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This Week | The Top 5 news stories as measured by coverage in The Washington Post, USA Today, and NBC Nightly News from Dec. 4 to Dec. 10

Issue: "Fact & Fiction," Dec. 21, 2002

Scoring system: 5 points for news stories appearing on the front page of The Washington Post, 3 for stories on the next two pages of the "A" section, and 1 thereafter. Same formula for USA Today, except the values are doubled to account for its national circulation. Stories carried on NBC Nightly News receive 10 points if they run before the first ad break, 6 between the first and second break, and 2 thereafter. Anchor-read stories earn 2 points early, 1 point late.

1

distrust and verify

212 Points | Nearly 11 years after the collapse of the Soviet Union, the international avatars of arms control are again at center stage. TeamBush was not about to "trust, but verify" the Iraqi regime's latest mammoth, 12,000-page report to the United Nations that claimed Iraq had no weapons of mass destruction. (See p. 20.) Predictably, some in Hollywood began protesting. A new group organized by actors Mike Farrell and Anjelica Huston called Artists United to Win Without War sent an anti-war letter to the White House. Celebrities who signed the letter included Oscar-winners Kim Basinger, Jessica Lange, and Susan Sarandon-as well as actors Matt Damon, Ethan Hawke, Samuel L. Jackson, Uma Thurman, and Laurence Fishburne. Actor Ed Asner told UPI the president had to go to war to please the right wing: "If he defuses it, he'll look like a wuss to the hard-liners and the fundamentalists."

2

snow rises

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97 Points | The 2004 election is still far off, but political reporters are already peeking into crystal balls and asking if Bush the Second will make the economic mistakes of Bush the First. To break out of that storyline, President Bush showed the door to Treasury Secretary Paul O'Neill, who endlessly deviated from White House message discipline. The former Alcoa CEO was briskly replaced by CSX railroad chief John Snow, hailed by supply-side activists like Jack Kemp and Heritage Foundation president Ed Feulner as one of their own. Lawrence Lindsey was also escorted out as head of the National Economic Council. TeamBush announced he'd be replaced by former Goldman Sachs executive Stephen Friedman. Sen. Jon Corzine, a former Goldman Sachs co-worker, told The Washington Post: "I would think Steve will think long and hard about whether he wants to be in the position of selling supply-side economics.... I can't imagine that he is going to find comfortable the fiscal structure that [Mr. Bush] has put in place."

3

snow falls

65 Points | Areas of America that aren't used to witnessing a white Christmas were surprised by a half-foot of fast-falling snow. In Washington, D.C., the blanket of white canceled schools for two days and caused delays at airports, commuter train stations, and major highways. Traffic was also heavy on the Internet. America Online spokesman Nicholas Graham reported a daytime record with about 2.4 million people logged on at midday Dec. 5. The Weather Service said the storm was one of the earliest and heaviest since a Veterans Day storm dumped 11 inches on the region in 1987. In North Carolina, an ice storm left beautifully sculptured trees but wreaked major havoc, turning off the lights for more than 1.3 million people. Gov. Mike Easley petitioned the White House to have the state declared a disaster area, which would entitle the state to federal aid. The total number of deaths blamed on the storm and its aftermath was 30, in states extending from Arkansas to New York.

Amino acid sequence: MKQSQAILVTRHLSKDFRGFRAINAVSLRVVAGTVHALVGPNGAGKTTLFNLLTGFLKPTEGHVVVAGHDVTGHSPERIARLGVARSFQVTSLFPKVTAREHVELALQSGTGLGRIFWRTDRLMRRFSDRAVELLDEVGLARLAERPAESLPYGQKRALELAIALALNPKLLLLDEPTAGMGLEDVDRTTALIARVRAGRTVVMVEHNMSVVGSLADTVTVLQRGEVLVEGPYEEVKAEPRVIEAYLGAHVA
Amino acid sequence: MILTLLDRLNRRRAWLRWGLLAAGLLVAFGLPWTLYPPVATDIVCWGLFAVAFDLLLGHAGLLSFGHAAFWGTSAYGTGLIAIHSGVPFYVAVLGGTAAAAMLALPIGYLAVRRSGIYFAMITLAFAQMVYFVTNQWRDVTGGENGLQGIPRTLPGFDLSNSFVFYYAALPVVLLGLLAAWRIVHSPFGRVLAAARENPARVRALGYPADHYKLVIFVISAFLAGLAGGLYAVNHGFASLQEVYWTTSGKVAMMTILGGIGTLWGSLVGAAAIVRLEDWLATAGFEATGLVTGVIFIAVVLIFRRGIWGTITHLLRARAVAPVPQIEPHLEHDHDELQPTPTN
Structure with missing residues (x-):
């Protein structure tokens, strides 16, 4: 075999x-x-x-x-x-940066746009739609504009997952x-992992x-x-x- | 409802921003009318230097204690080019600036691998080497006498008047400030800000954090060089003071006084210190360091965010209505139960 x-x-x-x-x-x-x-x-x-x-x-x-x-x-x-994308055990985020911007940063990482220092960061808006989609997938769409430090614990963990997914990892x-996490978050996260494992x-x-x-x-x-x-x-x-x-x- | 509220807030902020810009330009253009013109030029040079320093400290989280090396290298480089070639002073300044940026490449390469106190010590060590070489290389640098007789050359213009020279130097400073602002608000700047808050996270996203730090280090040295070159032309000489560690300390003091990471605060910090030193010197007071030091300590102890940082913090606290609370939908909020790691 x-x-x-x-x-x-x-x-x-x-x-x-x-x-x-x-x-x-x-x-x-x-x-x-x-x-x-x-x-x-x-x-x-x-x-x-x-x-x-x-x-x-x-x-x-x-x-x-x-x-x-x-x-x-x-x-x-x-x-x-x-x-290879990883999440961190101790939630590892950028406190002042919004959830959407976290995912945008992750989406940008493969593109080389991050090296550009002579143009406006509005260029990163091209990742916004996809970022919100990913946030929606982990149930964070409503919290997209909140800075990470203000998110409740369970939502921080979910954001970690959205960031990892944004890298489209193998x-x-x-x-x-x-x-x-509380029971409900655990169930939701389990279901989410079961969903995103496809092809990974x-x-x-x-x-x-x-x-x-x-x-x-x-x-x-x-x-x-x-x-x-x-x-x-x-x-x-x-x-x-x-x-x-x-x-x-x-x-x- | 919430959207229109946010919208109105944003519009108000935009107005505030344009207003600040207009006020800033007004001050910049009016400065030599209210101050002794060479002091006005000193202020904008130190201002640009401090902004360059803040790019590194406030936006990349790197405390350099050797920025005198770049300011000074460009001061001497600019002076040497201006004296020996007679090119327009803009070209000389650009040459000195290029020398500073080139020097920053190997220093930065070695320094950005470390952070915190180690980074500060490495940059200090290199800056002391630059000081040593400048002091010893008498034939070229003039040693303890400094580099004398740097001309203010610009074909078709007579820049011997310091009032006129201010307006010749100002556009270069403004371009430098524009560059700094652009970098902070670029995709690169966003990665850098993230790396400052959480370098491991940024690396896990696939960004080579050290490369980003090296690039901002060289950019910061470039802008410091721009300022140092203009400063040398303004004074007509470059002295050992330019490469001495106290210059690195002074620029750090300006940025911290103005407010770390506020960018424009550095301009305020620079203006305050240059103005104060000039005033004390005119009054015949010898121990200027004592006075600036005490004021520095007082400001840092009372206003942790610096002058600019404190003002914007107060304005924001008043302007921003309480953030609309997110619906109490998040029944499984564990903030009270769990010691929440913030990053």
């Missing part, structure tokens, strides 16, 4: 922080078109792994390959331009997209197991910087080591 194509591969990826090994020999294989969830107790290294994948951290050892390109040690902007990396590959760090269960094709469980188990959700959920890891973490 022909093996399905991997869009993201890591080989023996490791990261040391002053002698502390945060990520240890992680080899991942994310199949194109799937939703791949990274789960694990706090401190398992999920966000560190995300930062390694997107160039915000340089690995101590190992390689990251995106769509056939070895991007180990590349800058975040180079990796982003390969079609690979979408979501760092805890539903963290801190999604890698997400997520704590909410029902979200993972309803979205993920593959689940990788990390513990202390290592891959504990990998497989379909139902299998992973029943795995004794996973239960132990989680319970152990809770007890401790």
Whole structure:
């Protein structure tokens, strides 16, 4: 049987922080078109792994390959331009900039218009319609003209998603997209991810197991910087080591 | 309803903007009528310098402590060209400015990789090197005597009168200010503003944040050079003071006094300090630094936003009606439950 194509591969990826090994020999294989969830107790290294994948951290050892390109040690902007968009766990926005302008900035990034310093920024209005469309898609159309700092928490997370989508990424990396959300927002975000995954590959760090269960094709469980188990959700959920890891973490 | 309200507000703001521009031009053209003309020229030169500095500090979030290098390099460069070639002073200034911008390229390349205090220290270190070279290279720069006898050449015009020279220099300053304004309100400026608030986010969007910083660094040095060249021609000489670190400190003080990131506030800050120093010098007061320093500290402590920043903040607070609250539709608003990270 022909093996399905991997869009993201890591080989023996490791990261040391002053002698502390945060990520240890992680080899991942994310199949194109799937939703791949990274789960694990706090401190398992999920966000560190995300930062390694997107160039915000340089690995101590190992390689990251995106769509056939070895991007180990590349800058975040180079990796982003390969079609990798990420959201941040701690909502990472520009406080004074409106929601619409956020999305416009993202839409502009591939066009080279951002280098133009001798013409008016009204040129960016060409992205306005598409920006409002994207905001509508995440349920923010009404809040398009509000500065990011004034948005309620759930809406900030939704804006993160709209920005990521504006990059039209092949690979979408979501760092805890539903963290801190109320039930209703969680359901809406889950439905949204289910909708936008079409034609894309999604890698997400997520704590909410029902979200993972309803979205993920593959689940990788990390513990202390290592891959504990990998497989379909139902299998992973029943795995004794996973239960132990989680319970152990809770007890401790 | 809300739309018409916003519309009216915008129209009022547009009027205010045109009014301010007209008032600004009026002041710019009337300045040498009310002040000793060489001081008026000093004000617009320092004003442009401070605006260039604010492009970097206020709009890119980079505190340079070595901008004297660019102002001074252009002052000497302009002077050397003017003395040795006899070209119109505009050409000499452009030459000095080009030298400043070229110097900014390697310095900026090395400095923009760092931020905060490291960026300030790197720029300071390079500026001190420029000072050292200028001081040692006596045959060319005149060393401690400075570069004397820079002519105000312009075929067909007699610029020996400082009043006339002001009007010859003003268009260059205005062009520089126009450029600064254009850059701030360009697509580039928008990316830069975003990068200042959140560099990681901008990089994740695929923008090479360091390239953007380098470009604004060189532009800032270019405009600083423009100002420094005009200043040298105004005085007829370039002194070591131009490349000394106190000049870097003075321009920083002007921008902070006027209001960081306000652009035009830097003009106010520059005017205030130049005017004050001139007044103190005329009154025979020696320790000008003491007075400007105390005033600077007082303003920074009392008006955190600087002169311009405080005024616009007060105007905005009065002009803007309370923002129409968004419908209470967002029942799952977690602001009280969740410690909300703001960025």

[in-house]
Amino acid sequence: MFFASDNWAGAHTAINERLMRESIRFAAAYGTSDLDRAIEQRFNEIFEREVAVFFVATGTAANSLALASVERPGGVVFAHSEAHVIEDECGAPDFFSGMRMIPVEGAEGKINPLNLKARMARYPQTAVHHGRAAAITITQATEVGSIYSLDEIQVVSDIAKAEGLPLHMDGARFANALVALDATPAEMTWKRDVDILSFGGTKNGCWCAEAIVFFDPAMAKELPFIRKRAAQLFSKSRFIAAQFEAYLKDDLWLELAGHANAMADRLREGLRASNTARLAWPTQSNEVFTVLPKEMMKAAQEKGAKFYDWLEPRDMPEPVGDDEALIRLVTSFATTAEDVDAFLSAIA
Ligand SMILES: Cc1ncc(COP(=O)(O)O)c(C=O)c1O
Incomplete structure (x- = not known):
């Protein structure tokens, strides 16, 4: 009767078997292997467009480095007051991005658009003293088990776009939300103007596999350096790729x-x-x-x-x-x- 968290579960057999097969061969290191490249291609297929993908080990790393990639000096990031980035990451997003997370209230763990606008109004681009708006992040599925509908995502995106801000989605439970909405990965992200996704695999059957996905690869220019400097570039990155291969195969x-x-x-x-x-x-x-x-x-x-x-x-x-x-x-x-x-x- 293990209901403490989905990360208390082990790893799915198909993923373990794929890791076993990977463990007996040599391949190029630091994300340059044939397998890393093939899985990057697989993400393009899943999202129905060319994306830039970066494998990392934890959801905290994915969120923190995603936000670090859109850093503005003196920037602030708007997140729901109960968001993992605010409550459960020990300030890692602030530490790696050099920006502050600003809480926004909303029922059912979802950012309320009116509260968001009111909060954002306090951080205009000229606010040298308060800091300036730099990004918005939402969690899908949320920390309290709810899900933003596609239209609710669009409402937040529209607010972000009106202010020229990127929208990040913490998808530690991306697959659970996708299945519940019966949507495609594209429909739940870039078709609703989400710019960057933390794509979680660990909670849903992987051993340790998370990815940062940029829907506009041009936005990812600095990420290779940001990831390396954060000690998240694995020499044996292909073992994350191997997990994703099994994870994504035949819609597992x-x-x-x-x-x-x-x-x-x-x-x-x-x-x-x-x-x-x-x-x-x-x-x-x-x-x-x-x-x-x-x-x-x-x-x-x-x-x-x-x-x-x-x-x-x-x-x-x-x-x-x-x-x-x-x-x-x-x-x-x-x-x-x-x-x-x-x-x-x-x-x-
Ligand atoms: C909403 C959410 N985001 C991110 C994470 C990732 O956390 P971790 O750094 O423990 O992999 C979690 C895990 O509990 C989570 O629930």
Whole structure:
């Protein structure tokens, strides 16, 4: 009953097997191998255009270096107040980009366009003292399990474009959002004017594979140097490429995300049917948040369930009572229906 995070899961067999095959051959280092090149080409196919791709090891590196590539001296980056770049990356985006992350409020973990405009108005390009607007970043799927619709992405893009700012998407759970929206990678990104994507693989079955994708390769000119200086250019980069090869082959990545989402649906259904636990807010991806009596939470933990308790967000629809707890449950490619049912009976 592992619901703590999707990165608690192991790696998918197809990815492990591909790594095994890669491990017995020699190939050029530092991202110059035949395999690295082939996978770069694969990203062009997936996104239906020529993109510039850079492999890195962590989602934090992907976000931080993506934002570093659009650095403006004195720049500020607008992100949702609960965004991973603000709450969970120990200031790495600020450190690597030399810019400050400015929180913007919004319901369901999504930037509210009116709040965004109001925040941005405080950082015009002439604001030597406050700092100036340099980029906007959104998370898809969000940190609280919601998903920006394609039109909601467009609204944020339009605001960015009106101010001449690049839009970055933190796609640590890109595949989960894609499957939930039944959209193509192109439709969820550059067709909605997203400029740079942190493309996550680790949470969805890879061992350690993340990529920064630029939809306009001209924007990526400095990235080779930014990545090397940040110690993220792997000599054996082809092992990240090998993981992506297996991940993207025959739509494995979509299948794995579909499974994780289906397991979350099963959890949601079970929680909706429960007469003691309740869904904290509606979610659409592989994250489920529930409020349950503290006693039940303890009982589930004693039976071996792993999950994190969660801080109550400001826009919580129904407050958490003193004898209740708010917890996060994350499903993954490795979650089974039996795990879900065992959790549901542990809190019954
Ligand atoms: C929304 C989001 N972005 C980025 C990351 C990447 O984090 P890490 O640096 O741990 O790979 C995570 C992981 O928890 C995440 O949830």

4

losing altitude

61 Points | Even though major media outlets never seem to notice when corporations large and small add millions of workers to the labor force, a major bankruptcy starts the red flags of economic distress waving. The latest example was United Airlines, which filed for bankruptcy protection less than a week after the federal Air Transportation Stabilization Board denied its request for backing of a $1.8 billion loan. United's chief counsel, James Sprayregen, disclosed in court that the giant carrier was losing $20 million to $22 million a day on a cash basis in December and was projected to lose about $10 million to $15 million a day in January. Executives quickly moved into talks with unions for tough wage cuts. The airline has some of the highest labor costs in the industry after big pay raises won by pilots in August 2000 and by machinists earlier this year. In the absence of such concessions, United could use special provisions of U.S. bankruptcy law to terminate its collective-bargaining agreements.

5

catholics in crisis

53 Points | Troubles in the Archdiocese of Boston heated up again, as thousands of pages of church personnel files hit the newspapers. The latest batch suggested that the Catholic Church had covered up sexual abuse, violence, and drug use by local priests--including one who fathered two children and may have been present when their mother died of an overdose in the 1970s. Cardinal Bernard Law's surprise trip to Vatican City spurred speculation about his resignation. The cardinal came to present his case for what would be the first-ever bankruptcy filing for an archdiocese. In nearby New Hampshire, the Diocese of Manchester averted criminal charges by agreeing in a settlement that it probably would have been convicted of failing to protect children from sexually abusive priests. "The church in New Hampshire fully acknowledges and accepts responsibility for failures in our system that contributed to the endangerment of children," Bishop John B. McCormack said at a news conference.

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